Guide to going into or leaving hospital
Guide to going into or leaving hospital
Going into hospital
You normally make your own way to hospital. If you do not have your own transport or need specialist care on the way to hospital, you might be eligible for a non-emergency ambulance.
This service is free for NHS patients, but you need to be referred by your doctor, dentist, midwife or other health professional. They will consider factors such as the availability of private or public transport, and the distance you need to travel.
Community transport provides services where no public transport services are available, or public transport cannot accommodate some passengers, such as wheelchair users.
Although these are non-profit, most services will charge a small fee. Check with individual operators before travelling.
Clinical staff may feel you have care and support needs as a result of the reason you are in hospital. If so, they will ask for your consent to refer you to our hospital social care team.
With your agreement, your social care worker will work with you and others to ensure your needs are met once you leave hospital.
A stay in hospital may affect any benefits you might claim.
- The Disability Rights (UK) website, sets out your Benefits in hospital (this webpage covers more than just disability-related benefits)
The Patient Advice and Liaison Service (PALS) provides confidential advice and support. They can:
- listen to your concerns and suggestions about your care
- give information on the NHS complaints procedure
- help sort out problems on your behalf
Once your stay in hospital is over you will usually be discharged to go home.
- If you cannot go home alone a hospital social worker can give you help and advice.
- If you were receiving care and support services before being admitted, the nurse looking after you will arrange for these to be restarted once you return home.
- If your care and support needs changed during your admission you will be referred back to Adult Social Care for a review of your needs.
- If you were not receiving care and support services before your admission, but may need more help than before, your nurse will contact a hospital social worker to arrange an assessment of your needs.
There are a wide range of services that can be put in place if they meet your needs. Common services for those being discharged from hospital are reablement, rehabilitation and the district nurse service. If you have reablement goals these will be identified during your admission.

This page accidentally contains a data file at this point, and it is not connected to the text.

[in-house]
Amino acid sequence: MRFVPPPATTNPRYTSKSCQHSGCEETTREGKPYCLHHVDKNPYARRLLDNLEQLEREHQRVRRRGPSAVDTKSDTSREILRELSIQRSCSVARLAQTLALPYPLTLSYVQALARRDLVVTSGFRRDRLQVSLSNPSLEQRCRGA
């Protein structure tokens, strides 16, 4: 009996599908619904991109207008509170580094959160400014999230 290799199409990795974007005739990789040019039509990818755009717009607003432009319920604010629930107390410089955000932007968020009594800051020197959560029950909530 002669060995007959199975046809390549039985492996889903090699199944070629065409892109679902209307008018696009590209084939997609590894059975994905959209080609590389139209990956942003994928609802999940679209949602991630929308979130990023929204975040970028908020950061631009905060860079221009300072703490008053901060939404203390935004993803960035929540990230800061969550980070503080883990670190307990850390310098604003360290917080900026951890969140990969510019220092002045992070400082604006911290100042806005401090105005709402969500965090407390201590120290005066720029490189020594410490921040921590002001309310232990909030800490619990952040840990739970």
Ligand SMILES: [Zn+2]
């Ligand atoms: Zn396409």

Reablement – regaining your daily living skills
Reablement is the word we use to describe the service that helps you to regain mobility and daily living skills after a hospital stay. If your assessment shows you have eligible needs, we will always consider reablement as a way to help you to live independently in your own home.
If you are in hospital but no longer need medical care, the staff there will refer you to us if you are unable to return home alone.
You will be admitted to one of our intermediate care units where occupational therapists and physiotherapists will assess you. They will work out a programme of activities to help you. Many people can return home after two weeks of care, often with some further home care support.
District nurses provide healthcare to people in the community or at home. This could include administering medication, wound care, continence support, leg ulcer care and catheter management. You or your carer are still responsible for collecting any medication from your local pharmacy.
How much will it cost?
Our page on social care costs may give you an idea as to how much you might be asked to pay. It depends on your needs and financial situation.
Non-emergency patient transport service (NEPTS)
The non-emergency patient transport service (NEPTS) in East Sussex provides transport for treatment to people who cannot make the journey themselves due to a medical reason.
This service has eligibility criteria that need to be met in order to qualify. Find out if you are eligible from the leaflet below:
The service is provided by the South Central Ambulance Service NHS Foundation Trust.
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